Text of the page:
Delayed Cord Clamping

Book Now

What is Delayed Cord Clamping?

Placenta Remedies & Delayed Cord Clamping

I am writing this month about delayed cord clamping because it’s a topic that has been raised by a few mothers wondering if it will prevent them from enjoying the benefits of placenta encapsulation.

I’ll explain what delayed clamping is, and the view of the medical profession, because I know that mums and mums-to-be welcome all information that can help them make informed choices.

After reading the growing body of evidence that delayed cord clamping is better for the baby, I am in favour of the practice and believe it can work in perfect harmony with encapsulating your placenta.

I am also in favour of stem cells storage, which again is safely compatible with placenta encapsulation (though that might be a topic for a future blog). I believe that in these cases it is the mother’s choice, and I support what they feel is right for them and their baby.

What is delayed cord clamping?

Traditionally, the umbilical cord between a mother’s placenta and her baby was clamped immediately after birth (usually within ten seconds of delivery) because delay was thought to cause jaundice. However, studies in the last decade or so have shown that delaying by just a few minutes can have real benefits for the baby.

Delayed Cord Clamping

What are the advantages of delayed cord clamping?

Medical studies have suggested positive effects of delayed cord clamping, including improved iron stores, blood volume and brain development.

A Swedish study published in the British Medical Journal proved that waiting at least three minutes before cutting the umbilical cord reduces the chance of iron deficiency when babies reach four months old: iron levels in the blood were almost 50% higher when clamping was delayed. The researchers wrote: ‘Iron deficiency even without anaemia has been associated with impaired development among infants.’

Did you know that nearly a third of a newborn’s total blood volume is held in the placenta at birth? Half of that blood is transfused into the baby by 1 minute of age. By 3 minutes, more than 90% of the transfusion is complete.

As well as preventing iron deficiency at a critical time in brain development, other advantages include providing the baby with a rich supply of stem cells and oxygen-carrying haemoglobin. The Swedish researchers then studied the children again when they were four years old, and found that those where clamping was delayed had better fine-motor skills.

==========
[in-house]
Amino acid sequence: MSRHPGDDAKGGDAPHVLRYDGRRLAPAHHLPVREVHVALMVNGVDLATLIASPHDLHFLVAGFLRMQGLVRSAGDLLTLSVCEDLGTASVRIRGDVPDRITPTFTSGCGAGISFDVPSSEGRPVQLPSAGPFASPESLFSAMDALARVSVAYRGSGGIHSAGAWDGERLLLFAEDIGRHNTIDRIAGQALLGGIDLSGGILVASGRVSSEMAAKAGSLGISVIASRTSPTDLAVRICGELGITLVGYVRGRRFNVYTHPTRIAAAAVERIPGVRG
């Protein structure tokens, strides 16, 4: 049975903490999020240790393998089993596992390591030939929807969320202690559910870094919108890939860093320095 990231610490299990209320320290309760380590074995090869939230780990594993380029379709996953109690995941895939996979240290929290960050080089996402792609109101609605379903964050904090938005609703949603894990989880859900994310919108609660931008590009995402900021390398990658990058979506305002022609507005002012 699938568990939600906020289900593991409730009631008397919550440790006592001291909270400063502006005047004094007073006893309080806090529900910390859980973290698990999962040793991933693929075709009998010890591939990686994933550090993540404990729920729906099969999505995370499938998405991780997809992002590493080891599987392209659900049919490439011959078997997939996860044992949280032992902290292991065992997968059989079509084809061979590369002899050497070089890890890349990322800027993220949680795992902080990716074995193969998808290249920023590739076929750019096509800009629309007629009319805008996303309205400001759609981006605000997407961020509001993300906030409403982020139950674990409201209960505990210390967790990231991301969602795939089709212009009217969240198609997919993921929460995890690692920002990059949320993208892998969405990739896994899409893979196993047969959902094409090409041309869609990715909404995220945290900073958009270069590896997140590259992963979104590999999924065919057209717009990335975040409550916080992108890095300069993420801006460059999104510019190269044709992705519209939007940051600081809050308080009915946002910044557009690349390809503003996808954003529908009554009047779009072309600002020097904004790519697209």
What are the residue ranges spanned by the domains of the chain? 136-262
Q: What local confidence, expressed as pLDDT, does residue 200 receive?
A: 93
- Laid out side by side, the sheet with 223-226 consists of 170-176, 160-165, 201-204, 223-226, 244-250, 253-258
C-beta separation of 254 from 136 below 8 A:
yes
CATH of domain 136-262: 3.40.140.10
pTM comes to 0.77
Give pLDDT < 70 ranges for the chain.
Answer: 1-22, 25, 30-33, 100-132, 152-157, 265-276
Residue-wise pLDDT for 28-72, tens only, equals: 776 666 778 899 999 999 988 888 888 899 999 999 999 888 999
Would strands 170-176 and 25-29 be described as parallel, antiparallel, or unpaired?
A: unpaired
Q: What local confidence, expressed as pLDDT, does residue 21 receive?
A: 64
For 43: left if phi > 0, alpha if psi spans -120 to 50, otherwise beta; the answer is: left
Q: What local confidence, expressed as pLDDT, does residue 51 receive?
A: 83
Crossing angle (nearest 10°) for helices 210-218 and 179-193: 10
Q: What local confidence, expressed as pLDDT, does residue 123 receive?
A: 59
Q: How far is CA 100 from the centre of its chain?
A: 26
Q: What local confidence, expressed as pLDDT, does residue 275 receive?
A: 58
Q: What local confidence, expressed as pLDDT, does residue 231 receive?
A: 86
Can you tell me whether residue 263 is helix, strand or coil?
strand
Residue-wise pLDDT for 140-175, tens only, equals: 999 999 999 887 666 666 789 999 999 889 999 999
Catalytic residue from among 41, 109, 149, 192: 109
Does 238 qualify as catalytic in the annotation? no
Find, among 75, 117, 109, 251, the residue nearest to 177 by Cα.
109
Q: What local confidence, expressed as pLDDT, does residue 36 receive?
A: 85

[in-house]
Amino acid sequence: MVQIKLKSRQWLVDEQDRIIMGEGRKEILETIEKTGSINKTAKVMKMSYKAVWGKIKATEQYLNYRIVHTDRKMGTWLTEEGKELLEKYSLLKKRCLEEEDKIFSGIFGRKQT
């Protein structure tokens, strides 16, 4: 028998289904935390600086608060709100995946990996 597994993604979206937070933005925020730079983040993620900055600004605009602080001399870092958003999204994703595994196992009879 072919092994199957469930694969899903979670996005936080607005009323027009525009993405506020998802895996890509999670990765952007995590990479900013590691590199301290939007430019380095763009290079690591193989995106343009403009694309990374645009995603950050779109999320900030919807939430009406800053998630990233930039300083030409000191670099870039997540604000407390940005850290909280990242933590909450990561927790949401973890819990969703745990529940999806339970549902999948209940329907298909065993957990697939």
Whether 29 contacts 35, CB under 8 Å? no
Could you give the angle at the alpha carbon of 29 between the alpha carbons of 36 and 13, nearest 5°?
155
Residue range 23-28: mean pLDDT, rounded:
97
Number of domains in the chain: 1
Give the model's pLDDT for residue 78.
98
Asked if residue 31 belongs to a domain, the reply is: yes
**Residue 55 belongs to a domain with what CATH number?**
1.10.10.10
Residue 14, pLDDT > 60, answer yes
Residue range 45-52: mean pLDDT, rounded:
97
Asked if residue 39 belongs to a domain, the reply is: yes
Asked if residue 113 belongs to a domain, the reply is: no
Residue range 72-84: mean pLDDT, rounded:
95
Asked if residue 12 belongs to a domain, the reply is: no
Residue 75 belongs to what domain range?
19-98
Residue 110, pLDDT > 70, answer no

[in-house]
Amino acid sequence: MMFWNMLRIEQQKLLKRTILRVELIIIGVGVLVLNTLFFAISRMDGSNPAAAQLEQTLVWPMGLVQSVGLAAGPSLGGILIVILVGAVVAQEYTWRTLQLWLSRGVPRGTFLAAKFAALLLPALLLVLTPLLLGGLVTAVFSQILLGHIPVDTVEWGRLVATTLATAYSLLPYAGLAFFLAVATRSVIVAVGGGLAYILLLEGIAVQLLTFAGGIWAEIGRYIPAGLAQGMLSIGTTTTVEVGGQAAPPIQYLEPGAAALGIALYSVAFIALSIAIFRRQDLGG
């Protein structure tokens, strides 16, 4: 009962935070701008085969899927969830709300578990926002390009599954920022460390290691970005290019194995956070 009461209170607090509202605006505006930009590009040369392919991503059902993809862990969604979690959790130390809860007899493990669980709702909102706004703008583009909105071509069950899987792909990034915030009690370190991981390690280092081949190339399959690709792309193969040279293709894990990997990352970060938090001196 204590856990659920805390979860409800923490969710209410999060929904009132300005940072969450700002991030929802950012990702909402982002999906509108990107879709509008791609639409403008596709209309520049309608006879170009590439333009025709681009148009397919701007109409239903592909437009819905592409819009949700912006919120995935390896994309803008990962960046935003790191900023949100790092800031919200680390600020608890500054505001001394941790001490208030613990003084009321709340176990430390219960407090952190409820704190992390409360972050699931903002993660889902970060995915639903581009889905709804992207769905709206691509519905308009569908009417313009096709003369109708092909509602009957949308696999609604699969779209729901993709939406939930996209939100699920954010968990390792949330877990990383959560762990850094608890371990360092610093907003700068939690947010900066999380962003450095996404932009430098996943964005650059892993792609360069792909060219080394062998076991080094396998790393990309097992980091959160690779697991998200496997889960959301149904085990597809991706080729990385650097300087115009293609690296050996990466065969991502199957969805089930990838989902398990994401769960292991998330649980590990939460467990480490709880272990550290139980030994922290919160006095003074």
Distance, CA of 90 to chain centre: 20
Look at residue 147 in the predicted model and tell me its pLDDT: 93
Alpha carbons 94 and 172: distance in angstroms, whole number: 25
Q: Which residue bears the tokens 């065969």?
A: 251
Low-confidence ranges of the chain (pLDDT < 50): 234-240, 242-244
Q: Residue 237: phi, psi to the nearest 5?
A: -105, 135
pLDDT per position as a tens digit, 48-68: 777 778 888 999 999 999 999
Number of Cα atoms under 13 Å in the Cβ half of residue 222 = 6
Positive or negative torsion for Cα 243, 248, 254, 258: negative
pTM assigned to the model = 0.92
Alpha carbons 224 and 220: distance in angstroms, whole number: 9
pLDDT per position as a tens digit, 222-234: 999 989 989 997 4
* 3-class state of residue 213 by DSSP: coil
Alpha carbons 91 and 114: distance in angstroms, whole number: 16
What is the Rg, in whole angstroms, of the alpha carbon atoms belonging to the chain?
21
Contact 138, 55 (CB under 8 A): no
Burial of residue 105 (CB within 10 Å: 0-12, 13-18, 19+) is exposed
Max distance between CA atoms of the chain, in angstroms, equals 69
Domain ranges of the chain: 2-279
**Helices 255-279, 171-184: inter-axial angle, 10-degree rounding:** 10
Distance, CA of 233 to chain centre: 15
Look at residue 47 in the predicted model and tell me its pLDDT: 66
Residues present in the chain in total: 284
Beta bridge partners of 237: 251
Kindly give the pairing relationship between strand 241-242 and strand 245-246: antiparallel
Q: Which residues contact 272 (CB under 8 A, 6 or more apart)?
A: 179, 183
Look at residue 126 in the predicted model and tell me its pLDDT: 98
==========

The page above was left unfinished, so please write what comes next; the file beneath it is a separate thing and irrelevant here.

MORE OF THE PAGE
What does the medical profession say?

Although in America cord clamping within 15 to 20 seconds after birth is the norm, the World Health Organisation recommends delay. It says: “Delayed umbilical cord clamping (not earlier than 1 min after birth) is recommended for improved maternal and infant health and nutrition outcomes.” This applies equally to preterm and term births.

In the UK, regulator NICE has ruled in favour of delay. Its quality statement spells out: “Women who have just given birth do not have the cord clamped for at least 1 minute after the birth unless there are concerns about cord integrity or the baby's heartbeat. This is to allow more blood to reach the baby and may help to prevent anaemia.”

How does delayed clamping affect placenta encapsulation?

Delayed clamping does not affect placenta encapsulation. The Placenta Practice will still be able to collect your placenta, encapsulate it and produce remedies ranging from massage oil to placenta balms and creams for mothers and babies.

By delaying clamping, more nutrients, iron, oxygen and stem cells go straight from the placenta into your baby in the delivery room. You can the extend the benefits for months to come by preserving the incredible power of your placenta in nourishing and healing remedies.

Will I still get all the benefits of placenta remedies?

Yes, mothers tell me that placenta remedies have given them an immediate uplift, with benefits including:

  • Reduced water retention
  • Better skin, noticeable by friends and family
  • Reduced swelling
  • Reduced bleeding
  • Quicker return of uterus to pre-pregnancy size (mistaken by some as weight loss)
  • Reduced pain.

To read their testimonials, click here:

I love answering mothers’ questions, so do get in touch with me.

Connect with Amanda on LinkedIn or follow our new company page!

Latest Posts

  • Are you high risk for Gestational Diabetes?

    Read More
  • My baby is overdue. Should I be induced?

    Read More
  • Why do women ‘eat’ their placenta?

    Read More